Modi is accused of using hate speech for calling Muslims ‘infiltrators’ at an Indian election rally

The remarks sparked fierce criticism for peddling anti-Muslim tropes, and for breaking election rules which bar candidates from engaging in any activity that aggravates religious tensions.

FILE- Indian Prime Minister Narendra Modi listens to Bharatiya Janata Party (BJP) President JP Nadda speak during an event organized to release their party’s manifesto for the upcoming national parliamentary elections in New Delhi, India, April 14, 2024. India’s main opposition party is accusing Modi of hate speech after he called Muslims “infiltrators” and used some of his most incendiary rhetoric to date about the minority faith.(AP Photo/Manish Swarup, File)

NEW DELHI (AP) — India’s main opposition party accused Prime Minister Narendra Modi of using hate speech after he called Muslims “infiltrators” — some of his most incendiary rhetoric about the minority faith, days after the country began its weekslong general election.

The remarks at a campaign rally Sunday drew fierce criticism that Modi was peddling anti-Muslim tropes. The Congress party filed a complaint Monday with the Election Commission of India, alleging he broke rules that bar candidates from engaging in any activity that aggravates religious tensions.

Critics of the prime minister — an avowed Hindu nationalist — say India’s tradition of diversity and secularism has come under attack since his Bharatiya Janata Party won power a decade ago. They accuse the party of fostering religious intolerance and sometimes even violence. The party denies the accusation and says its policies benefit all Indians.

At a rally in the state of Rajasthan, Modi said that when the Congress party was in government, “they said Muslims have the first right over the country’s resources.” If it returns to power, the party “will gather all your wealth and distribute it among those who have more children,” he said as the crowd applauded.

“They will distribute it among infiltrators,” he continued, saying, “Do you think your hard-earned money should be given to infiltrators?”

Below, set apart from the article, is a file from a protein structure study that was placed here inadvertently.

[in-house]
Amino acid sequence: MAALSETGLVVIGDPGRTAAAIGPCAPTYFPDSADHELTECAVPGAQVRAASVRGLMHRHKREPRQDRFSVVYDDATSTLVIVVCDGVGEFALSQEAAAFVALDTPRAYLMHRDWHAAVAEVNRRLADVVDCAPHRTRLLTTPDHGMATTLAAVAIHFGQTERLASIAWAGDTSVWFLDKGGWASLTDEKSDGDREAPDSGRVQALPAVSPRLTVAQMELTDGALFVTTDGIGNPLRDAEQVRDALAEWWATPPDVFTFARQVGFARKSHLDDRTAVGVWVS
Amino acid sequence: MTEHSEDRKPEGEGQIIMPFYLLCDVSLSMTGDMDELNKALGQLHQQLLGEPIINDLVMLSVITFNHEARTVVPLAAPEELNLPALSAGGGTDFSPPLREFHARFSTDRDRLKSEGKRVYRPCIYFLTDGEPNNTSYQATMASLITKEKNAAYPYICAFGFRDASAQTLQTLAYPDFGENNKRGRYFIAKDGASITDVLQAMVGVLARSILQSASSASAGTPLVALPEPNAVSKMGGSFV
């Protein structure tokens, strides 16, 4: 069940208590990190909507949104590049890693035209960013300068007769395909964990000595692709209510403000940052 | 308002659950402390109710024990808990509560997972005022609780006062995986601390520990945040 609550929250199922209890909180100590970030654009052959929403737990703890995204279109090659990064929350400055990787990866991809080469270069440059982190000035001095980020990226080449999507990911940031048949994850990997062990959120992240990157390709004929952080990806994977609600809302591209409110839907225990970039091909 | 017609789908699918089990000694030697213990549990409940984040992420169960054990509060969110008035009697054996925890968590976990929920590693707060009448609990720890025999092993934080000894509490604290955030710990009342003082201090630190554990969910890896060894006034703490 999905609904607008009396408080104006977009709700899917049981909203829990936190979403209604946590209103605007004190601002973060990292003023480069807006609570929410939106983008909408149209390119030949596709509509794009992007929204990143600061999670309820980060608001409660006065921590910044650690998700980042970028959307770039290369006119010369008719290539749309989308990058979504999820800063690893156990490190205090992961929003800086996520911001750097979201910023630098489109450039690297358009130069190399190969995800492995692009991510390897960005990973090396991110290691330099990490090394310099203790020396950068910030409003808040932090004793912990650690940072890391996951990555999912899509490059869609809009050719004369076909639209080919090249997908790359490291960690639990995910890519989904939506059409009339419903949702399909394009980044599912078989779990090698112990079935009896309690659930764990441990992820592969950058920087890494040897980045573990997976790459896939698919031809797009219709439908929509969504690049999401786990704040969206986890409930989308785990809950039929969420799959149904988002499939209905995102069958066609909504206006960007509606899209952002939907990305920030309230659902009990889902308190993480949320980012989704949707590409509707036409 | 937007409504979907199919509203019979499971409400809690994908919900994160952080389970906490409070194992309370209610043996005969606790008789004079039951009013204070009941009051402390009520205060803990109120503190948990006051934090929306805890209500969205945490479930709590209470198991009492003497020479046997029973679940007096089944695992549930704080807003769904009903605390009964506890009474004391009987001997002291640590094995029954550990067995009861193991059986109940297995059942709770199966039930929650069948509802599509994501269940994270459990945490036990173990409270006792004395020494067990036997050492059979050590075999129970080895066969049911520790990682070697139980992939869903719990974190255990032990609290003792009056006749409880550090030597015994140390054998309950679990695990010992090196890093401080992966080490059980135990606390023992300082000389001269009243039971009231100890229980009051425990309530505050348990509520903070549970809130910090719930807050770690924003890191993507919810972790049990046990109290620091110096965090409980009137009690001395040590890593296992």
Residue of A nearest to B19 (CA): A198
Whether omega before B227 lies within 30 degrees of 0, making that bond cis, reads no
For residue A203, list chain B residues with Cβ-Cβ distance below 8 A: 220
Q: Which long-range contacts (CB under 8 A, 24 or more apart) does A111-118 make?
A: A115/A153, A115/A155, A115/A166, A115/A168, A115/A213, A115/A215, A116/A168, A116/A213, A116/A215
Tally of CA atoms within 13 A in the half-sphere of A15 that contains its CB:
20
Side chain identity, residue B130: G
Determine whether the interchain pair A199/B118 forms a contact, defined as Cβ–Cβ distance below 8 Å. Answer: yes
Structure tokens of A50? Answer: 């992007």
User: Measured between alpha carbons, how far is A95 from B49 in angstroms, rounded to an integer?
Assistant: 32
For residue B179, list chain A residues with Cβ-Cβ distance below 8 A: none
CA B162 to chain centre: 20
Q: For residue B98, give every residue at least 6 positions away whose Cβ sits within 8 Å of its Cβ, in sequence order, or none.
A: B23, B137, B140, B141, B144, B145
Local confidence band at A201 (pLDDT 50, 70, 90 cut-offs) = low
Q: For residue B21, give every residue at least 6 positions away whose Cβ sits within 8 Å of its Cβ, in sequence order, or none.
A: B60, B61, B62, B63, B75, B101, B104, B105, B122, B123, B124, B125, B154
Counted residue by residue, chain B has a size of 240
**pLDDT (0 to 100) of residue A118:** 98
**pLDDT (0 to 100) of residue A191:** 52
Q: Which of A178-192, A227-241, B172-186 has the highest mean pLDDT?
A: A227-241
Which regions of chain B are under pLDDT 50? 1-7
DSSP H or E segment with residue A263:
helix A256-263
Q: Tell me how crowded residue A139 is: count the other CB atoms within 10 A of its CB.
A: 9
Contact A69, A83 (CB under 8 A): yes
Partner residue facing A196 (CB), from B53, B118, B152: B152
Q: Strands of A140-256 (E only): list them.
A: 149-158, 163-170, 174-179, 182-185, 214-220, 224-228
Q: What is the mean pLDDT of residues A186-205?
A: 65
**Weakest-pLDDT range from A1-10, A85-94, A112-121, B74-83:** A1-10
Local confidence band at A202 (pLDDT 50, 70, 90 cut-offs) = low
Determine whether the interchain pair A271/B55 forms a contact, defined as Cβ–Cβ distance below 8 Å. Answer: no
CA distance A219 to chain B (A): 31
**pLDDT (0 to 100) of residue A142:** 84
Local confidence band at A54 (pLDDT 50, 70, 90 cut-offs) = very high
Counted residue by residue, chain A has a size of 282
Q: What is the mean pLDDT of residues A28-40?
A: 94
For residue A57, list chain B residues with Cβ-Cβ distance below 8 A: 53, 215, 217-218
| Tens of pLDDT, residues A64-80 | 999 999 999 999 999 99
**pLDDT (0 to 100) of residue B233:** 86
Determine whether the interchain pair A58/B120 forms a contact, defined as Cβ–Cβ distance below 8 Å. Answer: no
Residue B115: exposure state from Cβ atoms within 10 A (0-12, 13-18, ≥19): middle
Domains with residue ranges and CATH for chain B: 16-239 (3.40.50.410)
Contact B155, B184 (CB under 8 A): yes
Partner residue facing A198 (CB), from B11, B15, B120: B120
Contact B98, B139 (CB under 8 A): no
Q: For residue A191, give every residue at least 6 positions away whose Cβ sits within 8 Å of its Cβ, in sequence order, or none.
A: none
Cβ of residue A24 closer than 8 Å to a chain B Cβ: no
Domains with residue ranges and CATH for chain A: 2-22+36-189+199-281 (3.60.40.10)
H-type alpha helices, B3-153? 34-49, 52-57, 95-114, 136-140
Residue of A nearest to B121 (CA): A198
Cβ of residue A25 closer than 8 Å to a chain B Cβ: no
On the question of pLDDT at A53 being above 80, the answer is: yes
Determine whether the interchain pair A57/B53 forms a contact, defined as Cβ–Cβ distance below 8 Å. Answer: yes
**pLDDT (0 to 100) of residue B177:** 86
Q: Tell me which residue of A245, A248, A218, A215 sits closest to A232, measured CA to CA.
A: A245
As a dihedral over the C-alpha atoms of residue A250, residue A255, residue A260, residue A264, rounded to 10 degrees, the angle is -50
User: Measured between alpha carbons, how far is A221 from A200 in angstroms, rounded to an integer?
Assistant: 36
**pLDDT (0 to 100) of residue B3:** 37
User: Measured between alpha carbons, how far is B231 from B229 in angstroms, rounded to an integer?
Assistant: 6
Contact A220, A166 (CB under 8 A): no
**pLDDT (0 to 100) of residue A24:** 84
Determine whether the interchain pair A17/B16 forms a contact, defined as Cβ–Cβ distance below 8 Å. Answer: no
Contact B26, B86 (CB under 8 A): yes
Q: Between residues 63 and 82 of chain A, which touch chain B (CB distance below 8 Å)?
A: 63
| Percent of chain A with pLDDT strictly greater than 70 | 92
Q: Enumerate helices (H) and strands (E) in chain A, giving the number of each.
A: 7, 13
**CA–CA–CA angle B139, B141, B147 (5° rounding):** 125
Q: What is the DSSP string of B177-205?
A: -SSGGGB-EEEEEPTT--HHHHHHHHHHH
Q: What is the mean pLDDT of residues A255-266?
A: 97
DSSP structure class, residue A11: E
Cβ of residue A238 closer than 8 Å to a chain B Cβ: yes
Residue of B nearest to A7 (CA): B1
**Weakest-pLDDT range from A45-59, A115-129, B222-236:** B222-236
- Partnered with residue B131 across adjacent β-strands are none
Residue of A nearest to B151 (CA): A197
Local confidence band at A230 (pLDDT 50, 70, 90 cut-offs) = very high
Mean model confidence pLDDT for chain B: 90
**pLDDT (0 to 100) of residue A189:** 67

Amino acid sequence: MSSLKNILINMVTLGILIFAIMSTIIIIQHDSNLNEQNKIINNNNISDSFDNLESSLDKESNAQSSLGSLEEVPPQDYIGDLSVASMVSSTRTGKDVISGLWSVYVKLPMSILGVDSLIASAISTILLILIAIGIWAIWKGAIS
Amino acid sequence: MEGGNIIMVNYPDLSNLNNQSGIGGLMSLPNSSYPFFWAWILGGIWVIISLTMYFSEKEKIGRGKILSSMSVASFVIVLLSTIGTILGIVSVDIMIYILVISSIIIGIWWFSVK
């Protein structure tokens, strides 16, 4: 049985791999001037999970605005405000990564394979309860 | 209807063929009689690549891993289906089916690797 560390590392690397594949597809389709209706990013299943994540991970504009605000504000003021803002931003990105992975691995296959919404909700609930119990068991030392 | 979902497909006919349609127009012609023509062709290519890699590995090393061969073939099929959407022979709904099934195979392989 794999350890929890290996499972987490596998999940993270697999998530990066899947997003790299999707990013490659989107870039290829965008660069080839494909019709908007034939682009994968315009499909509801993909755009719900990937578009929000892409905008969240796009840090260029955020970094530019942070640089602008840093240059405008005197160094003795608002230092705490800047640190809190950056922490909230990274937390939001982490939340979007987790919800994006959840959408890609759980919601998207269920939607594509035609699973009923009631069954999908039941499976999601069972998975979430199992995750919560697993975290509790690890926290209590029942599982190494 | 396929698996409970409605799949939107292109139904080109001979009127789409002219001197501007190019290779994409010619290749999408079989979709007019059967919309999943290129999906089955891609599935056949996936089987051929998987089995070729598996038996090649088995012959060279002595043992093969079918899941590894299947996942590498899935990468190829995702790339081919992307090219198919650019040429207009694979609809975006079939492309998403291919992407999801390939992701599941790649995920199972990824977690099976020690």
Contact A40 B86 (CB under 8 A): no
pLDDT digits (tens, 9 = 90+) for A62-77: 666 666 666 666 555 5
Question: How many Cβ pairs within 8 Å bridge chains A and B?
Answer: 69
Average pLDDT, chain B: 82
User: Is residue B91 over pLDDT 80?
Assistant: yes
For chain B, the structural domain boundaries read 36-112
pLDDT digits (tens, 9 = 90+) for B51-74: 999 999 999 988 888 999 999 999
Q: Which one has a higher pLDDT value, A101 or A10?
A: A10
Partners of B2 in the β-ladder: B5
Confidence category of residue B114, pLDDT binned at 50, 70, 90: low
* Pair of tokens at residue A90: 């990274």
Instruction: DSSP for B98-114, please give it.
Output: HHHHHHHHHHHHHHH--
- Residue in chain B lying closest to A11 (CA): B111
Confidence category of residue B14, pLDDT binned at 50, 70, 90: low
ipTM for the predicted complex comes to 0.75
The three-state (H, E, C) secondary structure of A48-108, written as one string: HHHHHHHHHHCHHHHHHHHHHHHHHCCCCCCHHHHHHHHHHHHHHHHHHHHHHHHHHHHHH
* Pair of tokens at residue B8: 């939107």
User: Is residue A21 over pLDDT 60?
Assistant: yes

Mallikarjun Kharge, the Congress party’s president, described the prime minister’s comments as “hate speech” and party spokesperson Abhishek Manu Singhvi called them “deeply, deeply objectionable.”

The party sought action from the election commission, whose code of conduct forbids candidates from appealing “to caste or communal feelings” to secure votes. The first votes were cast Friday in the six-week election, which Modi and his Hindu nationalist BJP are expected to win, according to most surveys. The results come out on June 4.

Asaduddin Owaidi, a Muslim lawmaker and president of the All India Majlis-e-Ittehad-ul-Muslimeen party, said on Sunday: “Since 2002 till this day, the only Modi guarantee has been to abuse Muslims and get votes.”

While there have long been tensions between India’s majority Hindu community and Muslims, rights groups say that attacks against minorities have become more brazen under Modi.

Muslims have been lynched by Hindu mobs over allegations of eating beef or smuggling cows, an animal considered holy to Hindus. Muslim businesses have been boycotted, their homes and businesses have been bulldozed and places of worship set on fire. There have been open calls for their genocide.

Modi’s remarks referred to a 2006 statement by then-Prime Minister Manmohan Singh of the Congress party. Singh said that India’s lower castes, tribes, women and, “in particular the Muslim minority” deserved to share in the country’s development equally.

“They must have the first claim on resources,” Singh said. A day later, his office clarified that Singh was referring to all of the disadvantaged groups.

In its petition to the election commission, the Congress party said that Modi and the BJP have repeatedly used religion and religious symbols and sentiments in their election campaign with impunity. “These actions have been further bolstered by the commission’s inaction in penalizing the prime minister and the BJP for their blatant violations of electoral laws,” it said.

“In the history of India, no prime minister has lowered the dignity of his post as much as Modi has,” Kharge, Congress’ president, wrote on social media platform X.

The commission can issue warnings and suspend candidates for a certain amount of time over violations of the code of conduct.

“We decline comment,” a spokesperson for the commission told the Press Trust of India news agency on Monday.

In his speech, Modi also repeated a Hindu nationalist trope that Muslims were overtaking the Hindu population by having more children. Hindus make up 80% of India’s 1.4 billion people, while the country’s 200 million Muslims are 14%. Official data shows that fertility rates among Muslims have dropped the fastest among religious groups in recent decades, from 4.4 in 1992-93 to 2.3 between 2019-21, just higher than Hindus at 1.94.

Modi’s BJP has previously referred to Muslims as infiltrators and cast them as illegal migrants who crossed into India from Bangladesh and Pakistan. Several states run by the BJP have also made laws that restrict interfaith marriage, citing the unproven conspiracy theory of “ love jihad,” which claims Muslim men use marriage to convert Hindu women.

Through it all, Modi has largely stayed silent, and critics say that has emboldened some of his most extreme supporters and enabled more hate speech against Muslims.

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